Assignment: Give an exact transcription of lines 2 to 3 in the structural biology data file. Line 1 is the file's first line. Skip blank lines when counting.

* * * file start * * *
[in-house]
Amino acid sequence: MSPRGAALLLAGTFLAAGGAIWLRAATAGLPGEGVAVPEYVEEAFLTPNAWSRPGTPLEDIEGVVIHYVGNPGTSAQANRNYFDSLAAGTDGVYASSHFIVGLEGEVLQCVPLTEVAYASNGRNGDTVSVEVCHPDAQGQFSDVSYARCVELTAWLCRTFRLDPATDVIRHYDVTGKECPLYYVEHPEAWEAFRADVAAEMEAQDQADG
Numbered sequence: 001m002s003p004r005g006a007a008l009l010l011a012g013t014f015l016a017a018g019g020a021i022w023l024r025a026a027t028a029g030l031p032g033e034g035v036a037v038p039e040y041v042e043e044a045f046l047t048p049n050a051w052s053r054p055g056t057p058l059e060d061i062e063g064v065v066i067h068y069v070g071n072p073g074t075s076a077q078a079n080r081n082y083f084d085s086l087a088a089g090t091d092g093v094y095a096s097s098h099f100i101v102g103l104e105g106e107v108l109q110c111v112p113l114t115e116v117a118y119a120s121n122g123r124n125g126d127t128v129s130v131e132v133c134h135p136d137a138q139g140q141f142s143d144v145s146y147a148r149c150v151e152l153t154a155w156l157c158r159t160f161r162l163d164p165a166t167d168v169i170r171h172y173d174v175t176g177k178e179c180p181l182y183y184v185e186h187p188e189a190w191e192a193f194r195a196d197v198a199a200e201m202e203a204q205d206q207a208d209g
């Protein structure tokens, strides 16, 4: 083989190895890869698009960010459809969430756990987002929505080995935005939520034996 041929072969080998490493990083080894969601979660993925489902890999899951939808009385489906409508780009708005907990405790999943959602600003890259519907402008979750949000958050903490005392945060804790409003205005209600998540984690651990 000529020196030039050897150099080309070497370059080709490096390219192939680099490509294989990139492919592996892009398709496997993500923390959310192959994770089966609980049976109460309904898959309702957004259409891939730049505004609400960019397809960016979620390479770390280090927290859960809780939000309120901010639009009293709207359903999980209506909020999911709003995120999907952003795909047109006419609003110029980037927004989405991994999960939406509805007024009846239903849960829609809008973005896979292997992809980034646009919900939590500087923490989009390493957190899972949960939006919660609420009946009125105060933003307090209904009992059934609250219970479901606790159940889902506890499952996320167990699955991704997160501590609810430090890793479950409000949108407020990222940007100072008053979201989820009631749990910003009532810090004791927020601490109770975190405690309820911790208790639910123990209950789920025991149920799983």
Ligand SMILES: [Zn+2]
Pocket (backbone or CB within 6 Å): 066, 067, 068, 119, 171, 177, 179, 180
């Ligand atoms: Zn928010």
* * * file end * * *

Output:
Amino acid sequence: MSPRGAALLLAGTFLAAGGAIWLRAATAGLPGEGVAVPEYVEEAFLTPNAWSRPGTPLEDIEGVVIHYVGNPGTSAQANRNYFDSLAAGTDGVYASSHFIVGLEGEVLQCVPLTEVAYASNGRNGDTVSVEVCHPDAQGQFSDVSYARCVELTAWLCRTFRLDPATDVIRHYDVTGKECPLYYVEHPEAWEAFRADVAAEMEAQDQADG
Numbered sequence: 001m002s003p004r005g006a007a008l009l010l011a012g013t014f015l016a017a018g019g020a021i022w023l024r025a026a027t028a029g030l031p032g033e034g035v036a037v038p039e040y041v042e043e044a045f046l047t048p049n050a051w052s053r054p055g056t057p058l059e060d061i062e063g064v065v066i067h068y069v070g071n072p073g074t075s076a077q078a079n080r081n082y083f084d085s086l087a088a089g090t091d092g093v094y095a096s097s098h099f100i101v102g103l104e105g106e107v108l109q110c111v112p113l114t115e116v117a118y119a120s121n122g123r124n125g126d127t128v129s130v131e132v133c134h135p136d137a138q139g140q141f142s143d144v145s146y147a148r149c150v151e152l153t154a155w156l157c158r159t160f161r162l163d164p165a166t167d168v169i170r171h172y173d174v175t176g177k178e179c180p181l182y183y184v185e186h187p188e189a190w191e192a193f194r195a196d197v198a199a200e201m202e203a204q205d206q207a208d209g